“These articles are about the difficulties that our fellow-citizens face, and information about the modern slave trade,” he said.
The official contrasted the present situation with the early Nineties, when the propaganda line was all about how well Uzbekistan was doing compared with Russia. “The situation has fundamentally changed,” he said. “Now the authorities have nothing to boast about, so the local media are full of reports about the difficulties that befall our citizens.”
According to former diplomat and analyst Toshpulat Yoldashev, “The presence of five to six million able-bodied, economically active people abroad is the biggest slap in the face to a boastful government which says that everything is fine here when it is not the case.”
He added, “The country has villages where there is no one left to carry the coffin when someone dies. Old men and women have to do it because there are no young men there – they’ve all left.”
Iskandar Khudoiberganov, a political analyst and former director of the Centre for Democratic Initiative, said the government had opted to conduct the anti-migration campaign through covert tactics.
“If the authorities conducted this campaign openly, there would be great anger among the population. So everything is being done very quietly,” he said.
Khudoiberganov believes the government is nervous of having so many Uzbek nationals outside the country and thus beyond its political and security influence.
“I think the authorities are very worried that [Uzbek] citizens are not under their control, and may bring back awkward ideas such as the fact that people live better in Russia, and questions about why we live like this in Uzbekistan,” he said.
Yoldashev added, “They’re gathering information about people who are dissidents and who have left the country…. The government wants to have precise statistics about people who leave the country in order to know who they can put pressure on.”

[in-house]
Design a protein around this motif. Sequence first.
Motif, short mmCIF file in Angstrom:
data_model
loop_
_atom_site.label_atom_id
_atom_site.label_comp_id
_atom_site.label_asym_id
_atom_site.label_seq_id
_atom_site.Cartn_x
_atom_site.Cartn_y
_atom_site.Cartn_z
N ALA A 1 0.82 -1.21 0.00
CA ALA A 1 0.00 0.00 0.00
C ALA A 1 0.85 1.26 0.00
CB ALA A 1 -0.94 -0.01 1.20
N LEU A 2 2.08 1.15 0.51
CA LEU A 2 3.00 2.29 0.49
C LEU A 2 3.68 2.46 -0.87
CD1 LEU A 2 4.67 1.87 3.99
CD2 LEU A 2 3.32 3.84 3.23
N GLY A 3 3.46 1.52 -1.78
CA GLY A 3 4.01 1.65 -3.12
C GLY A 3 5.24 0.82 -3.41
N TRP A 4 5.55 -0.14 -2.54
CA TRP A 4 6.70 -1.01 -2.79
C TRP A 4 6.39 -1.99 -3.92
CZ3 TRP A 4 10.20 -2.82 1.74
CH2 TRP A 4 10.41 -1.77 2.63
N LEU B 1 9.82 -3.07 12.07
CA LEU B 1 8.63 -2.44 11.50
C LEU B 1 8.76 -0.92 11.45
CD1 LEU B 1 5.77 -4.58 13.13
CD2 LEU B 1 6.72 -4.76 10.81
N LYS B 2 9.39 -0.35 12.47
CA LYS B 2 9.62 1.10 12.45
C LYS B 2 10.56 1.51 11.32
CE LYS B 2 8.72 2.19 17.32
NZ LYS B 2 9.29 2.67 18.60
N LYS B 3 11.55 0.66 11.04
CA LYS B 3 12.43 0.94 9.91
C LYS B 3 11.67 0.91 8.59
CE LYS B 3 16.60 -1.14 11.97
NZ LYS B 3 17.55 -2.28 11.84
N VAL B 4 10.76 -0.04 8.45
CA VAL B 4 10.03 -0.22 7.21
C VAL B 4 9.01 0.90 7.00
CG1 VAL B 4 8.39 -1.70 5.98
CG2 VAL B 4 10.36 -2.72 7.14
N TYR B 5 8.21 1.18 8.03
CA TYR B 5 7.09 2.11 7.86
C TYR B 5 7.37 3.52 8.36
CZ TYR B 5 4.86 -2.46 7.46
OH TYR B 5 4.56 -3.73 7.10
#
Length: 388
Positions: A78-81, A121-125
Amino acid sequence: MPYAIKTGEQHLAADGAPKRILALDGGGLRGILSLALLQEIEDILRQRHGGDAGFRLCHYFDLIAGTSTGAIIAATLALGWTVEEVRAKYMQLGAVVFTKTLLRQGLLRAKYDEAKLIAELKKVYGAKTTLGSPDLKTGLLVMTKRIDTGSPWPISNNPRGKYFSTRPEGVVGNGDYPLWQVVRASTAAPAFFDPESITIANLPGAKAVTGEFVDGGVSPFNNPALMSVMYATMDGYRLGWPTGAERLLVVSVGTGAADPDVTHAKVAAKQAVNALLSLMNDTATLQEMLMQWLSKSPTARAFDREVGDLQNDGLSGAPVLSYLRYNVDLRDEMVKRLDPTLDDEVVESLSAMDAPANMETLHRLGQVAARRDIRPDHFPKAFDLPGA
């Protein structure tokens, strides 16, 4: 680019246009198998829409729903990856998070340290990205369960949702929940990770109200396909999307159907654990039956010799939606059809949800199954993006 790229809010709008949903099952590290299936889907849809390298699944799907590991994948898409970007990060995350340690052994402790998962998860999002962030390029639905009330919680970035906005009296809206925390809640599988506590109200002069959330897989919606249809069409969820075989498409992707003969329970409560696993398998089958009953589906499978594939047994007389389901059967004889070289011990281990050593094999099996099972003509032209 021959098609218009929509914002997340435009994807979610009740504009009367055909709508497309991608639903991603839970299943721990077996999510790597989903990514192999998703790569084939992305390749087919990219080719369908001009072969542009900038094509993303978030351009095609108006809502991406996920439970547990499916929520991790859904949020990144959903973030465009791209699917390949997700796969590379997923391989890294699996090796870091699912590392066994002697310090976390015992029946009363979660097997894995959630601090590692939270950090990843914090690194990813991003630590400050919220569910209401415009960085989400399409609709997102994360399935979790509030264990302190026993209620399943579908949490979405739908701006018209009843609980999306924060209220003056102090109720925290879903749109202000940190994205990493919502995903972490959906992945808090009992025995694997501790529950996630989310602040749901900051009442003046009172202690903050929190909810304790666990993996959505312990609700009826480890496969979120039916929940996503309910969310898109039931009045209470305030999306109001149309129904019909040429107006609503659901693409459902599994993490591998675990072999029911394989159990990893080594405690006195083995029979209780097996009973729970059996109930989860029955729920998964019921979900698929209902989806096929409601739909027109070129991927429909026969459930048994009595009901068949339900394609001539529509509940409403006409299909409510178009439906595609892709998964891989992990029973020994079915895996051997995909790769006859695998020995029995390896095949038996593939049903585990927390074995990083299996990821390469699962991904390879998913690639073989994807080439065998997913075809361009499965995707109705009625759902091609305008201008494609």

Another, very practical motive for tracking migration is to increase tax receipts. Estimates of the contribution that migrants make to the economy range between 1.5 and three billion US dollars, but this takes the form of remittances rather than payments to the government budget.
Khudoiberganov believes the authorities want to find a way of recovering the taxes the thousands of workers would have paid had they stayed at home. “Six million people have left the country, in other words people who would have contributed taxes to the state treasury – and that’s a lot of money,” he said.
Like him, Yoldashev believes the registration process is a precursor to taxation. He predicts that the authorities will try to recoup the difference between the 13 per cent income tax people pay in Russia and 28 per cent in Uzbekistan.
But Khudoiberganov warns that imposing taxes on people who have left the country to work will only make people leave permanently – either by acquiring Russian citizenship or by applying for refugee status.
This is already happening, according to one farm manager, who said life in the other former Soviet republics looked increasingly attractive compared with the repressive atmosphere in Uzbekistan.
“They feel themselves beyond the surveillance of the state, and naturally they ask why people can’t live like this in Uzbekistan,” he said. “We all live next door to each other, in countries which at one time were pursuing the same path of development.”
Whatever the authorities do to curb the flow of emigration, Yoldashev says people will continue to go, to escape economic hardship and lack of opportunities.
“It’s practically impossible to stop this process. Whatever the authorities do, people need to eat and you can’t sew their mouths shut,” he said.
“They say that if you can’t give us a decent job with a decent wage… what right have you got to keep us here?”